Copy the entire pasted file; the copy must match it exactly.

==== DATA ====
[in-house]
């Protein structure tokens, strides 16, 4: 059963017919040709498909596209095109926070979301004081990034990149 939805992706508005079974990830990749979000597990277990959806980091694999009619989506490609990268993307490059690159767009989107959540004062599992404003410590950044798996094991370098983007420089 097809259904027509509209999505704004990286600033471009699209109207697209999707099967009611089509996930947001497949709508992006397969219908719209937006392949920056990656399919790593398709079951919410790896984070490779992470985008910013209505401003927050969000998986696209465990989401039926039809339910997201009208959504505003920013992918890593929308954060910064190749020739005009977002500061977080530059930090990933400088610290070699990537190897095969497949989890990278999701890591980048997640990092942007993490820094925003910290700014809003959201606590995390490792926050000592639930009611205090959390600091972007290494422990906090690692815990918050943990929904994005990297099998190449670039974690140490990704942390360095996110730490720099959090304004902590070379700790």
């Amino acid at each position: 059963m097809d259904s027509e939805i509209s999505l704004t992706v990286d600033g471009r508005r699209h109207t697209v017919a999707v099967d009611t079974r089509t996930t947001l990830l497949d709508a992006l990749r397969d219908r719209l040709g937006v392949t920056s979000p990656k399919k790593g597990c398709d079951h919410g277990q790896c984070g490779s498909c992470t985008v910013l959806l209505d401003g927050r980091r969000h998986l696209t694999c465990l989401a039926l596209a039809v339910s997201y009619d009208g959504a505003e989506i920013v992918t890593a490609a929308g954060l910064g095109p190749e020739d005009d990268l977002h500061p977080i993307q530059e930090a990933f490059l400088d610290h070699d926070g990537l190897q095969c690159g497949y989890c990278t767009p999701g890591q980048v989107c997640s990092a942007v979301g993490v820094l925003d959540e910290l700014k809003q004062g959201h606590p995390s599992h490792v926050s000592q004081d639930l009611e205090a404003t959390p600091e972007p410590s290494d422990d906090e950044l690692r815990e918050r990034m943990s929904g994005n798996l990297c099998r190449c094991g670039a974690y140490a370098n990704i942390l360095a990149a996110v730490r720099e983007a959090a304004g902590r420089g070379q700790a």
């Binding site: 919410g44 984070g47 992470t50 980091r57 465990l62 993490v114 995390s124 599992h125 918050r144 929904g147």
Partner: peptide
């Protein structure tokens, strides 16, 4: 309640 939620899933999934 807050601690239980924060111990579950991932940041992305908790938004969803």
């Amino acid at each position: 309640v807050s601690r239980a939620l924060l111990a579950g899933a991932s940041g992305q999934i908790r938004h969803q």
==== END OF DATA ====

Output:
[in-house]
């Protein structure tokens, strides 16, 4: 059963017919040709498909596209095109926070979301004081990034990149 939805992706508005079974990830990749979000597990277990959806980091694999009619989506490609990268993307490059690159767009989107959540004062599992404003410590950044798996094991370098983007420089 097809259904027509509209999505704004990286600033471009699209109207697209999707099967009611089509996930947001497949709508992006397969219908719209937006392949920056990656399919790593398709079951919410790896984070490779992470985008910013209505401003927050969000998986696209465990989401039926039809339910997201009208959504505003920013992918890593929308954060910064190749020739005009977002500061977080530059930090990933400088610290070699990537190897095969497949989890990278999701890591980048997640990092942007993490820094925003910290700014809003959201606590995390490792926050000592639930009611205090959390600091972007290494422990906090690692815990918050943990929904994005990297099998190449670039974690140490990704942390360095996110730490720099959090304004902590070379700790």
């Amino acid at each position: 059963m097809d259904s027509e939805i509209s999505l704004t992706v990286d600033g471009r508005r699209h109207t697209v017919a999707v099967d009611t079974r089509t996930t947001l990830l497949d709508a992006l990749r397969d219908r719209l040709g937006v392949t920056s979000p990656k399919k790593g597990c398709d079951h919410g277990q790896c984070g490779s498909c992470t985008v910013l959806l209505d401003g927050r980091r969000h998986l696209t694999c465990l989401a039926l596209a039809v339910s997201y009619d009208g959504a505003e989506i920013v992918t890593a490609a929308g954060l910064g095109p190749e020739d005009d990268l977002h500061p977080i993307q530059e930090a990933f490059l400088d610290h070699d926070g990537l190897q095969c690159g497949y989890c990278t767009p999701g890591q980048v989107c997640s990092a942007v979301g993490v820094l925003d959540e910290l700014k809003q004062g959201h606590p995390s599992h490792v926050s000592q004081d639930l009611e205090a404003t959390p600091e972007p410590s290494d422990d906090e950044l690692r815990e918050r990034m943990s929904g994005n798996l990297c099998r190449c094991g670039a974690y140490a370098n990704i942390l360095a990149a996110v730490r720099e983007a959090a304004g902590r420089g070379q700790a």
């Binding site: 919410g44 984070g47 992470t50 980091r57 465990l62 993490v114 995390s124 599992h125 918050r144 929904g147």
Partner: peptide
């Protein structure tokens, strides 16, 4: 309640 939620899933999934 807050601690239980924060111990579950991932940041992305908790938004969803």
């Amino acid at each position: 309640v807050s601690r239980a939620l924060l111990a579950g899933a991932s940041g992305q999934i908790r938004h969803q």